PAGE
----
New Moderna mRNA vaccine cuts skin cancer recurrence by nearly half
Calling it "a potential major breakthrough," researchers said the experimental vaccine, when combined with Merck’s blockbuster immunotherapy Keytruda, could prolong the time patients have.
In this July 9, 2018, photo, beach-goers huddle under beach umbrellas on the sand in Atlantic City, New Jersey. (AP Photo/Wayne Parry)
April 17 (UPI) -- The risk of recurrence of deadly skin cancer reduced by nearly half when patients were treated with a mRNA vaccine developed by Moderna and Merck & Co.'s immunotherapy Keytruda drug, according to a new study.
The findings, published Sunday, show that 44% of patients who received the combination therapy reduced the risk of recurrence compared to those who only received Keytruda.
The research showed that nearly 79% of the 107 patients who received the mRNA vaccine in combination with Keytruda were cancer free after 18 months compared to just 62% of the 50 patients who were treated solely with Keytruda. All patients were either diagnosed with stage three or stage four melanoma.
The researchers continue that the rate of recurrence or death was 22.4% in the group who received both medications compared to 40% of patients who received Keytruda alone with a median follow-up of 23 and 24 months, respectively.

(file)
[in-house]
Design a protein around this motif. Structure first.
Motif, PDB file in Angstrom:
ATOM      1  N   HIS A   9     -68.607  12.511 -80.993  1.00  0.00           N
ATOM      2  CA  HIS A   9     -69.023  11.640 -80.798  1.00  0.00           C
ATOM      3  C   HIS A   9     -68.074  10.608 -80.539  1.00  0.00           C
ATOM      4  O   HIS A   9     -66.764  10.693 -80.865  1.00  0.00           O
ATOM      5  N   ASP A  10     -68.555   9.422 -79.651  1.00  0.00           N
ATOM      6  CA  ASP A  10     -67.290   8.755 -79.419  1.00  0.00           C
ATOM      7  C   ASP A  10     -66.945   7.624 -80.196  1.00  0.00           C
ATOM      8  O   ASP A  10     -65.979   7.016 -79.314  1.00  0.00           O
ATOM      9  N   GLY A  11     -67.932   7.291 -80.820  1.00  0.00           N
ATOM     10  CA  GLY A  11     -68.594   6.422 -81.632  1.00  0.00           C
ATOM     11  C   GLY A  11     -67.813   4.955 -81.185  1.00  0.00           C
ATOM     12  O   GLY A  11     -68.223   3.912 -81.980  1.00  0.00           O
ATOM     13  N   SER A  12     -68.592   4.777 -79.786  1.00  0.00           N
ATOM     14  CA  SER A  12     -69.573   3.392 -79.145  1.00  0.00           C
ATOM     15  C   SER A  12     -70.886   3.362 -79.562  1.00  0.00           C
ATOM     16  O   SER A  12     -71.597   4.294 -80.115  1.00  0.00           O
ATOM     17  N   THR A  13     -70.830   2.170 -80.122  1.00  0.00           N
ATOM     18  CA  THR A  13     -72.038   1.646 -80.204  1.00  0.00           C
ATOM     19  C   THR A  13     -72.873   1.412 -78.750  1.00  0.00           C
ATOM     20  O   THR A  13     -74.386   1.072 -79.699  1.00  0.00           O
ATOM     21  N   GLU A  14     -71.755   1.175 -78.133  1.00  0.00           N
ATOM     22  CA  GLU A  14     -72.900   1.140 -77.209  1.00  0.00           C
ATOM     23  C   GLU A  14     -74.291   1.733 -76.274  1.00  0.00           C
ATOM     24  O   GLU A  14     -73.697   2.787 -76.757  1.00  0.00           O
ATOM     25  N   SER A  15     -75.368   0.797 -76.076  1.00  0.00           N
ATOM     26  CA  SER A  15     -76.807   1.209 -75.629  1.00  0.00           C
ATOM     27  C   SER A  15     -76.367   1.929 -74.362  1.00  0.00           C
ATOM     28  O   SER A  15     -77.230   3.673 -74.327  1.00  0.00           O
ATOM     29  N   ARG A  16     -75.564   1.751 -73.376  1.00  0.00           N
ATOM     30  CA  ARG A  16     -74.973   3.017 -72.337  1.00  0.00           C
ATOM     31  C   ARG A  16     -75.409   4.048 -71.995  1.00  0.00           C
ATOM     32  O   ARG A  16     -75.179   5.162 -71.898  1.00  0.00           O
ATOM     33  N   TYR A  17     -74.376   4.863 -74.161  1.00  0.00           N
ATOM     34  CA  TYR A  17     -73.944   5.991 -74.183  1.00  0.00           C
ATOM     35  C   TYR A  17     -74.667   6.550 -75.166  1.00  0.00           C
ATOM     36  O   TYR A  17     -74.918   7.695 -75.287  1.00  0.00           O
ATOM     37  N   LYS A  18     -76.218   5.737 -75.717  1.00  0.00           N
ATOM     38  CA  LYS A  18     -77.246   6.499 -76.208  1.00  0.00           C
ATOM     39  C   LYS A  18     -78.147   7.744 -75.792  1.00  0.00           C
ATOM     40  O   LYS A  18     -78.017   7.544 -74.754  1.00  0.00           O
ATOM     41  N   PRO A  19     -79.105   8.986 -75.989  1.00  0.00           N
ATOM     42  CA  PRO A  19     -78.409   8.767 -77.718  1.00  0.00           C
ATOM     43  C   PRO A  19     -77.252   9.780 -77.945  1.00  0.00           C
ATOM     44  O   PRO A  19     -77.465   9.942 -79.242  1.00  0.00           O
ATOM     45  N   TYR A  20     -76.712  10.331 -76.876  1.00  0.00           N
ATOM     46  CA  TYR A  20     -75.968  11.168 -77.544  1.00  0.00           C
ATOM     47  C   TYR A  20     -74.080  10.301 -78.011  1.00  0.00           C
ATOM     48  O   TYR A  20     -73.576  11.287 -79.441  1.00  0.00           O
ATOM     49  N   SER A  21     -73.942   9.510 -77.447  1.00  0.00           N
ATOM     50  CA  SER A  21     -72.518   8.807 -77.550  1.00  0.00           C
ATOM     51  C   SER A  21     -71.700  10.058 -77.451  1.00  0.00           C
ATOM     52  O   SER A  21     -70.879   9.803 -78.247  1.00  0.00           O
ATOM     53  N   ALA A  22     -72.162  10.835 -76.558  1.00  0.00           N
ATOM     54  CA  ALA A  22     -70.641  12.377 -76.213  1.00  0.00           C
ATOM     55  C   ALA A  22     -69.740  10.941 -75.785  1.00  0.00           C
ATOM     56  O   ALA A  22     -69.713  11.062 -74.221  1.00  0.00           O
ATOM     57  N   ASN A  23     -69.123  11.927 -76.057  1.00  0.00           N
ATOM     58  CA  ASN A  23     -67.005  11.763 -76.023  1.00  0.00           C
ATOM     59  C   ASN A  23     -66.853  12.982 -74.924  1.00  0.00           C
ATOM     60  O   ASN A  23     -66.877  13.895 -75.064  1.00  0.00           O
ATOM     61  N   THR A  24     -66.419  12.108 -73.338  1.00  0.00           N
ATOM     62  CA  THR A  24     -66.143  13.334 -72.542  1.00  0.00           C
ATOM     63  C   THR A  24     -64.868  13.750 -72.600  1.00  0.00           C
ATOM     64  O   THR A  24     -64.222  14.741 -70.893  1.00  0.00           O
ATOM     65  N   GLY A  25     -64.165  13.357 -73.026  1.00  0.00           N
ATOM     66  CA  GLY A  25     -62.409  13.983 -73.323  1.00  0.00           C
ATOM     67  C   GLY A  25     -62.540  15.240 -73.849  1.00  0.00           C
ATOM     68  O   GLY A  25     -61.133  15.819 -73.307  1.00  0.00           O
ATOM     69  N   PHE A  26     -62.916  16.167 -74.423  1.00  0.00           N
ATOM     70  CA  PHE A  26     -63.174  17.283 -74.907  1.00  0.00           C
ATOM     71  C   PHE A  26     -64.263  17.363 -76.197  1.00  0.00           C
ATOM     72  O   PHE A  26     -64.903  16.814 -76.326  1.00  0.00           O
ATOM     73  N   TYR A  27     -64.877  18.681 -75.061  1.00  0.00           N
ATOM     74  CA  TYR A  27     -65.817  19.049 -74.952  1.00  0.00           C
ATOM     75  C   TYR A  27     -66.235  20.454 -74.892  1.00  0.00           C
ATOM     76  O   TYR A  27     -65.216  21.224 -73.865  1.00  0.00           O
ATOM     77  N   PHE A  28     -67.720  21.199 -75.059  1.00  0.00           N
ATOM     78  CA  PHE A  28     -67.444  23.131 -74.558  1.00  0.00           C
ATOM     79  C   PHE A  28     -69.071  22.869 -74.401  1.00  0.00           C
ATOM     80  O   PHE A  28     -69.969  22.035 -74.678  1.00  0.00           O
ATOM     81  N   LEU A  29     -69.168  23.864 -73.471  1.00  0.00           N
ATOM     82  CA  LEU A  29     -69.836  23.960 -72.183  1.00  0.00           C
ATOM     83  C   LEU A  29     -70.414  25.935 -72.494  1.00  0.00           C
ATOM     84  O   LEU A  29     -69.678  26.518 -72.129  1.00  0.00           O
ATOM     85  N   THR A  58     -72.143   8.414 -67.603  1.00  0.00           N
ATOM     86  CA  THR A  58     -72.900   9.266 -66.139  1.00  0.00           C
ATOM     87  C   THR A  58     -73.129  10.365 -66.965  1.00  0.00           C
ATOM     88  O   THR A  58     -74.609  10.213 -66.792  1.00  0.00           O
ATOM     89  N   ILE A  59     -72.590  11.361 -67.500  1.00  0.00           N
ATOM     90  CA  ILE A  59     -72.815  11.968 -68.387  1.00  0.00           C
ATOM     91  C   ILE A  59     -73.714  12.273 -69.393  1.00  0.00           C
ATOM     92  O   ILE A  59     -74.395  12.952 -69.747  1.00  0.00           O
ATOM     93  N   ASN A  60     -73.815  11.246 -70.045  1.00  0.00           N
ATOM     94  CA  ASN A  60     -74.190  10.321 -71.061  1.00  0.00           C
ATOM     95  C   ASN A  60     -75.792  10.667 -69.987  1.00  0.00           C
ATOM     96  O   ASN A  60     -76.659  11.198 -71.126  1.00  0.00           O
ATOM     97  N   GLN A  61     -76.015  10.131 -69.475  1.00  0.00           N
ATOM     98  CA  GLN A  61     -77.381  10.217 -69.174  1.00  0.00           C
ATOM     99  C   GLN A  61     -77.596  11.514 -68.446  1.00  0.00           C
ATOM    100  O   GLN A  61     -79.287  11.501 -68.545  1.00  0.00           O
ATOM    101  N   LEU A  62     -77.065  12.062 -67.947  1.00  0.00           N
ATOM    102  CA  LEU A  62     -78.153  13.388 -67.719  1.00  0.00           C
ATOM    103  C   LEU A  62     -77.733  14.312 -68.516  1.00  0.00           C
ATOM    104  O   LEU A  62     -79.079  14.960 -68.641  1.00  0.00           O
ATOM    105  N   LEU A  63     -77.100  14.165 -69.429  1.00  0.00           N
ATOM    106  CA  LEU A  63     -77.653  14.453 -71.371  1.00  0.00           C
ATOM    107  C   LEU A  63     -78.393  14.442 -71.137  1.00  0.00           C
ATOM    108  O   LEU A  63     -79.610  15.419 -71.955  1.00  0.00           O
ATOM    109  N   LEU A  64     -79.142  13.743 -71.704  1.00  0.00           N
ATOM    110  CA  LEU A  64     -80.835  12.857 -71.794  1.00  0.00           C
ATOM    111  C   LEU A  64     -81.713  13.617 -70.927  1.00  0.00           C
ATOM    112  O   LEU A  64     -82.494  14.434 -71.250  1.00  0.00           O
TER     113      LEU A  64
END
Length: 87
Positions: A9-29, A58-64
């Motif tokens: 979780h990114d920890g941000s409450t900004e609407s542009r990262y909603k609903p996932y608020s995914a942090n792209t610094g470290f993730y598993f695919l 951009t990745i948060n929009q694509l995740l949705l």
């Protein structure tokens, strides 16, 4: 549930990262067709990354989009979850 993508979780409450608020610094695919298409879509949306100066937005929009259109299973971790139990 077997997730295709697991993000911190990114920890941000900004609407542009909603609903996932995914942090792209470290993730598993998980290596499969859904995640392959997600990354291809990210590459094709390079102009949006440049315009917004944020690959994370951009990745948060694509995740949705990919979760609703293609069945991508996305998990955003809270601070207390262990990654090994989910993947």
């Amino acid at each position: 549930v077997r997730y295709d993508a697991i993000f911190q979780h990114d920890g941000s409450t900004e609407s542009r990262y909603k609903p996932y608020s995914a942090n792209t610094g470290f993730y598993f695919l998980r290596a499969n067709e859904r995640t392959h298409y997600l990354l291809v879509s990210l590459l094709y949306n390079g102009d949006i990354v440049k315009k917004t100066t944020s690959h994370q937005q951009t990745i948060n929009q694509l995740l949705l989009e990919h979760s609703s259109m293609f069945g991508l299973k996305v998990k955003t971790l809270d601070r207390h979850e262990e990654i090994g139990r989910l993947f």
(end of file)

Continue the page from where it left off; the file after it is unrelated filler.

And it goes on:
"Today's results provide further encouragement for the potential of mRNA as an individualized neoantigen therapy to positively impact patients with high-risk resected melanoma," Dr. Kyle Holen, Moderna's senior vice president and head of development, therapeutics and oncology, said in a statement.
"The profound observed reduction in the risk of recurrence-free survival suggests this combination may be a novel means of potentially extending the lives of patients with high-risk melanoma."
The results came in Phase Two of the trial, with adverse effects being similar to those seen in Phase One, with fatigue being reported by 60.6% of patients, injection site pain reported by nearly 60% and chills by half.
The companies plan to initiate a Phase Three trial later this year with adjuvant melanoma before expanding to additional tumor types, including non-small cell lung cancer, the companies said.Report a Typo
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